Angelica Tsvetkov – Military (Equipment and Training)

There is a saying that if you have more possessions than you can carry for a mile, then the possessions actually own you. The roman soldiers accepted this philosophy and would never carry no more than 60 pounds of equipment.The military equipment was composed of essentials the soldiers would need during war. Each soldier had a shield, sword, spear/pilum, their other kit, a pack, a digging tool, a cloak, a patera, a water flask, and rations of food. Pilums are heavy and useless except in battle while Spears are all purpose tools . Everything the soldiers had would be strapped to a furca, which is a four-foot long pole with a t-shape to form a cross bar.

Moving on, Roman soldiers needed to be disciplined and trained. Training of the Roman soldiers could be separated into 5 different stages. The first  stage was marching. Once trainees could walk 20 miles in 5 hours then they must go to 40 miles in 12 hours. If the trainees could even stand up the next day the must do the same routine but in full armor. During the second stage the trainees would have to practice swordplay with a wooden post. During the third stage the soldiers would practice using a pilum with the legionaries. In the fourth stage the trainees have to leap over barracks in full armour with a vaulting horse. The last stage is drilling. The trainees must shout, walk, command, and fall in defense as one.

 

Survivor Letter A. Tsvetkov

Virginia Holocaust Museum

2000 East Cary Street

Richmond, VA 23223

12/3/14

 

Dear Madeline Deutsch,

My name is Angelica Tsvetkov and I am 15 years old. In class we are preparing to read a book associated with the holocaust. We wanted to understand more about what happened in this time before we read the book. I researched about the concentration camps and I found you. I found your testimony to what you experienced and how it affected you. I want to use you as an example of how the Nazis treated people and how they took away their basic human rights.

I found a picture of the liberation of Mauthausen and I wanted to show the connection between the feelings that those people had in that picture and the scarring aftermath that still occurred to them. What you went through shows that even though you survived you will always be affected by the horrendous acts of the Nazis. In the picture you see the prisoners of the concentration camp gathered together and raising their hands up to the sky. We can only slightly grasp what these people must have felt. Their tired and frail bodies finally feeling relief, finally being treated as humans. The connection between you and this picture is that you experienced this feeling of relief but the pain didn’t stop. Even after being liberated, you are still left with the physical and mental scars of what you experienced. In your personal story, you shared how you still had nightmares and were scared to go out in the streets because you were afraid that Nazis were still out there. You stated that you were a thirteen year old in an eighteen year olds body. You didn’t get to grow up and experience life because those years were taken away from you.  Even though you were liberated, it didn’t suddenly make things better. You were changed, and from them on you were a different person.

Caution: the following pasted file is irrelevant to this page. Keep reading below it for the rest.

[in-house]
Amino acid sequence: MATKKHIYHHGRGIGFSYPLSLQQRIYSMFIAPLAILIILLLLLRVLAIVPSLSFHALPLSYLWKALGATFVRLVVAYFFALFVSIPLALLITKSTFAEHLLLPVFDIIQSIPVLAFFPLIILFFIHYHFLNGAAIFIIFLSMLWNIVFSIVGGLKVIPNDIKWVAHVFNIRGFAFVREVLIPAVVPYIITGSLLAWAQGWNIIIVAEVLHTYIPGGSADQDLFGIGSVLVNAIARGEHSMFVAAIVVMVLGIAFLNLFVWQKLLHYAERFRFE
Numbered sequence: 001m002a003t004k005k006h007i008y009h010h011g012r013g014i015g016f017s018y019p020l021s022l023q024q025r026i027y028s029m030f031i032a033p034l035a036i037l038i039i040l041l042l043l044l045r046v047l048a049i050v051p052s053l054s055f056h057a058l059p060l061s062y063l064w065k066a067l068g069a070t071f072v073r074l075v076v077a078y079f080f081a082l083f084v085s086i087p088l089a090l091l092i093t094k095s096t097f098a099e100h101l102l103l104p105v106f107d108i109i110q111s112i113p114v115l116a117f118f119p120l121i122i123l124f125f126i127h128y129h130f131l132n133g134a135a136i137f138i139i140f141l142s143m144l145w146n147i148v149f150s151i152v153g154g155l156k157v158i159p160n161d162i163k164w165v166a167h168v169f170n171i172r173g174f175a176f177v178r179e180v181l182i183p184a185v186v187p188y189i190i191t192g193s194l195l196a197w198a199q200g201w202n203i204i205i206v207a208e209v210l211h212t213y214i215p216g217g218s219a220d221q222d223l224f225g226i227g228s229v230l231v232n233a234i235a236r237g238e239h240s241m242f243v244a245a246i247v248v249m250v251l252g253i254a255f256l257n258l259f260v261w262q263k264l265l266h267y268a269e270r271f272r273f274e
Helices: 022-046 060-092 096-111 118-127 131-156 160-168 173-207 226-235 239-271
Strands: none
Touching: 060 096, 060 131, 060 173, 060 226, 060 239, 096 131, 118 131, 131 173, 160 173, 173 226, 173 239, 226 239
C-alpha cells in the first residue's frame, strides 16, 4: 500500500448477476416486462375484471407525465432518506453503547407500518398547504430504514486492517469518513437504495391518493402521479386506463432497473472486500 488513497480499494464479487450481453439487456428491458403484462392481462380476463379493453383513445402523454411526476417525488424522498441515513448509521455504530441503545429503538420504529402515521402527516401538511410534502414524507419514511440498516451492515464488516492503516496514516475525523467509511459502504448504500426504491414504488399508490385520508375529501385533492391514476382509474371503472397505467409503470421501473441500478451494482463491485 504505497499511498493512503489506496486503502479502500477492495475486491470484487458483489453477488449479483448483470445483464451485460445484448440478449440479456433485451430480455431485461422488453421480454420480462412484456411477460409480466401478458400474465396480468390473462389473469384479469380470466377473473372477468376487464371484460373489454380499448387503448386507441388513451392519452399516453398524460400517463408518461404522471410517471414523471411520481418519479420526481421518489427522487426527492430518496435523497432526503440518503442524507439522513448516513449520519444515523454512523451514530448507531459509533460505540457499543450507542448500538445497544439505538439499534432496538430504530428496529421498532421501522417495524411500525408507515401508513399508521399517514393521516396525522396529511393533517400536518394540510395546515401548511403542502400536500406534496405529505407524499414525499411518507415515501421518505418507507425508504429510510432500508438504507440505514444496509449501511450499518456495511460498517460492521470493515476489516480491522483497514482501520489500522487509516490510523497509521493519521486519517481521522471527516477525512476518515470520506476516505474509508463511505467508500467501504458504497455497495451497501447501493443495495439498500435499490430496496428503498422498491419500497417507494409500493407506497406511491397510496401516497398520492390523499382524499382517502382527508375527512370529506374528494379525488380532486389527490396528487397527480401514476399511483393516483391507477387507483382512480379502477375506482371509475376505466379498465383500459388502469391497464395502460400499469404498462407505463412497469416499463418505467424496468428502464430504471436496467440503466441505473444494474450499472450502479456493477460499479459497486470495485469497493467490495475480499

I would like to ask for permission to use your personal story in correlation with this photo. I think that it is important to emphasize the fact that even after the relief this photo shows, the horrors that were done are still a part of the survivor’s lives. Because I have the chance to send you this letter I would like to use this opportunity to ask you some questions. How were you able build yourself up as a person again? When you have experienced such things it can be hard to go back into normal life, how did eventually make yourself happy again?

I would like to thank you for taking the time to read this letter. I think that everything that you have gone through should be remembered. We should remember what people are capable of doing and teach our children how we must treat one another. We must show people that good people like you have survived and that good will always prevail.

 

Sincerely,

Angelica Tsvetkov

http://www.ushmm.org/lcmedia/photo/lc/image/68/68210.jpg